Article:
Only weeks remain until America's Public Domain begins to grow again, for the first time in 21 years!

#1

Originally published at: https://boingboing.net/2018/12/19/stopping-by-words.html

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#2

you jinxed it.

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#3

Not to harsh all the nice, but …

Even after January – for that matter, even after 2028 – Congress could go back and extend copyright retroactively. Again.

That question was litigated twenty years ago and sanity lost.

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#4

This makes my heart swole

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#5

What makes you think captain asshole and his army of corporate shills would do that?

#6

Don’t worry, you can be sure that the lobbyists will get to Big Orange and have that fixed post haste.

#7

One thing that provoked this article was an Ars Technica story in early 2018 that suggested none of the usual copyright maximalists and corporate entities that fight for such were raising an effort this year. I tracked this across 2018, and sent out queries and had some quiet conversations in preparing this article. Nobody has a whiff that Disney, the RIAA, the MPAA, other media companies, etc., have any interest in another extension.

The Author’s Guild, which has typically argued in favor of lengthy protections for its members (with some exceptions) told me that 95 years was long enough. They were the only party willing to go on the record.

There are reasons for this. One is that Disney discovered copyright maximalism means Disney is paying (sometimes expensively) for rights that it licensed for 20 more years. In a very complicated copyright suit that was resolved in 1996, an appeals court agreed that Bambi, for which Disney has paid licensing fees since it released that film, was not in the public domain as Disney tried to argue. In fact, it was found to have been copyrighted in the U.S. in 1926. Disney’s support of the Sonny Bono law meant another 20 years of paying those rights (through Dec. 31, 2021.)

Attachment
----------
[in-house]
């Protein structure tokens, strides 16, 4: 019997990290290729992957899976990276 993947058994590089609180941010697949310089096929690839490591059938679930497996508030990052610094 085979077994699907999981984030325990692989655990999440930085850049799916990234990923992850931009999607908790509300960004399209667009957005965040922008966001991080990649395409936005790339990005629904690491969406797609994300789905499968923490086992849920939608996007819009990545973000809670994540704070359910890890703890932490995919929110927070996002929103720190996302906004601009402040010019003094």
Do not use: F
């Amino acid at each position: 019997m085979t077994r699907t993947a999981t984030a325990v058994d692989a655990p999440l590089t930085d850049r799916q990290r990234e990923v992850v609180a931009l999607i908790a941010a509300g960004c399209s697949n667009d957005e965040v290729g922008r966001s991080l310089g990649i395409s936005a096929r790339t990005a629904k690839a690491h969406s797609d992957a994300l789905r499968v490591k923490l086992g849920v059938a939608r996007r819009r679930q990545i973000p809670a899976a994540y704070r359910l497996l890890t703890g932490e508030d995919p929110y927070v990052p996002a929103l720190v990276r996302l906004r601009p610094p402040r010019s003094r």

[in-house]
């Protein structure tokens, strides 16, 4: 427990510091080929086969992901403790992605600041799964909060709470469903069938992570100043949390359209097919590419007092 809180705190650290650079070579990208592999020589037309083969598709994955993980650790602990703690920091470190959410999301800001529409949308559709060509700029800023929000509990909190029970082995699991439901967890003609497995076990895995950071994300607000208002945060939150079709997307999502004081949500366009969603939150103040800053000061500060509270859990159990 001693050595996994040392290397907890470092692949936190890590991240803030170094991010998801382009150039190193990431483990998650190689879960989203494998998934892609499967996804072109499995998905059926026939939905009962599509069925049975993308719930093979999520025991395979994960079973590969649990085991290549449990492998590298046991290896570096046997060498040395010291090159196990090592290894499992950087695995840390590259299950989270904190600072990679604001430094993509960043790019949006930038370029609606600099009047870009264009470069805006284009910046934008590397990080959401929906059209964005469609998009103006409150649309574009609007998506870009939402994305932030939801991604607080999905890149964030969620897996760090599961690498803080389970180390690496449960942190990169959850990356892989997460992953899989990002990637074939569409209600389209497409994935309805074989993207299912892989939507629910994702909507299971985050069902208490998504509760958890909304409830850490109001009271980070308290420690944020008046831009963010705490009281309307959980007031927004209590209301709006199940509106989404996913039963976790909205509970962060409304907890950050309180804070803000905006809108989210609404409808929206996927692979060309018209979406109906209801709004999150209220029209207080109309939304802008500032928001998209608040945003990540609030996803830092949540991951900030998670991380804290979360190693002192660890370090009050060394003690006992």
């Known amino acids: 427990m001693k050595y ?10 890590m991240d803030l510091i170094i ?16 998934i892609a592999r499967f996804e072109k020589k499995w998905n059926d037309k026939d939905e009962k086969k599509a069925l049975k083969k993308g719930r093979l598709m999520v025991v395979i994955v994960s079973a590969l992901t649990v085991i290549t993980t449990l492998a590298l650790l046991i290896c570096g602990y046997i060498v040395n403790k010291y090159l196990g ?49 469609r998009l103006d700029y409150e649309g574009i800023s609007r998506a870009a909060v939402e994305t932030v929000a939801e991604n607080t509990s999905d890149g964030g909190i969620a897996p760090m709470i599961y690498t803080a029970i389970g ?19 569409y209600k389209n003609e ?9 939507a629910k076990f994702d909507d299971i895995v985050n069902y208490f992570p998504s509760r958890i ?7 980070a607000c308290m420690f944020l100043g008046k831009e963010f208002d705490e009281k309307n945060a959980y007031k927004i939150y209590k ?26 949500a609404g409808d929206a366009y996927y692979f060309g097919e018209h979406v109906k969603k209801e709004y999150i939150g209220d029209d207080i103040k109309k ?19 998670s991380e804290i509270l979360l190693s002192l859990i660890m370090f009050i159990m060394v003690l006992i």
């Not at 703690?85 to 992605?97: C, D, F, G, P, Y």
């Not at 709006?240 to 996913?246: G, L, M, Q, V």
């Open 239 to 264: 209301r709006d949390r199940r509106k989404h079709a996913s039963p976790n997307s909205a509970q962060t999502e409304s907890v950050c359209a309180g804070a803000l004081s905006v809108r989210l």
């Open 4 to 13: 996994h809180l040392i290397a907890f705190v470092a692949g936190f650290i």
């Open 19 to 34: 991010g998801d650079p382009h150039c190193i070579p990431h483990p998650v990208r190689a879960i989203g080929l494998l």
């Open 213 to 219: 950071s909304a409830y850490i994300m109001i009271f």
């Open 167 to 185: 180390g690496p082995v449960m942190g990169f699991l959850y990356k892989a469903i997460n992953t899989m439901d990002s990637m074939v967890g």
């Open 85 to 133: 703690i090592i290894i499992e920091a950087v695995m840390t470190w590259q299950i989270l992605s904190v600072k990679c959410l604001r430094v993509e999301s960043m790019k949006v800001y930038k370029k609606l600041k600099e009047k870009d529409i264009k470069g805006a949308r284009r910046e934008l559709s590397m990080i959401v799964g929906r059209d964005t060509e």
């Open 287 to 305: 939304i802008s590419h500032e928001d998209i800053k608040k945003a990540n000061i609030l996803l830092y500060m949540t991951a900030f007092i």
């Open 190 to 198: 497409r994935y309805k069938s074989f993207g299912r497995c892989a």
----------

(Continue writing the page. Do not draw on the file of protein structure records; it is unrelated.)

There’s also no political will. It’s hard to make the case that copyright isn’t long enough, and there are now large forces—including nearly trillion-dollar companies like Google—that lobby and solicit support in favor of fair use and other matters.

It’s not impossible this will be raised in the future, but no law will pass this year, and once the floodgates open on January 1, it will be even more difficult to obtain the political will to move forward. Democrats are not great about copyright, but progressive Dems tend to be better than establishment ones, so it’s very unlikely in the upcoming session any effort made to extend copyright would gain any traction towards majority, even if it could be introduced to the appropriate committee.

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closed #8

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